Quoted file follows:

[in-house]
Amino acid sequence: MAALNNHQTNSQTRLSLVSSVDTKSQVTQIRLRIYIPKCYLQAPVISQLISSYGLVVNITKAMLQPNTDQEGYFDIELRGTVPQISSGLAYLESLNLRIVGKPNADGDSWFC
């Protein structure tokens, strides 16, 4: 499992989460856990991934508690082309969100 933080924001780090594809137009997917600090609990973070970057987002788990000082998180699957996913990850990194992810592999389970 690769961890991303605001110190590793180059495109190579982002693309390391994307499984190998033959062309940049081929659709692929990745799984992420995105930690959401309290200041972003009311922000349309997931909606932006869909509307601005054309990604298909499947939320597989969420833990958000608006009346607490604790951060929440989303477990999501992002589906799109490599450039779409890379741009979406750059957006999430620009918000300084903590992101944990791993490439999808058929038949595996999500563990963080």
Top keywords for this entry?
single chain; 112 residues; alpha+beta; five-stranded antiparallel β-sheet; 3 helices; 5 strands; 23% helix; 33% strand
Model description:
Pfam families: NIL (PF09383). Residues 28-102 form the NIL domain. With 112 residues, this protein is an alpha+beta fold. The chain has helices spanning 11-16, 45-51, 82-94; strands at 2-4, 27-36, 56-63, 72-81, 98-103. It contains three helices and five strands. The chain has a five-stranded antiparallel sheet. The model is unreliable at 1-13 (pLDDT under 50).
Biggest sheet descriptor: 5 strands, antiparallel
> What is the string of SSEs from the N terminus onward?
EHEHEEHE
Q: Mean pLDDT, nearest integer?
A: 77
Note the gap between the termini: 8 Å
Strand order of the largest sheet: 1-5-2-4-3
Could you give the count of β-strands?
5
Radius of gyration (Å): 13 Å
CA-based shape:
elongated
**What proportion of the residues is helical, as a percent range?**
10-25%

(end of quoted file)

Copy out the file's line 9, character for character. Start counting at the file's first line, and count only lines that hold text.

> What is the string of SSEs from the N terminus onward?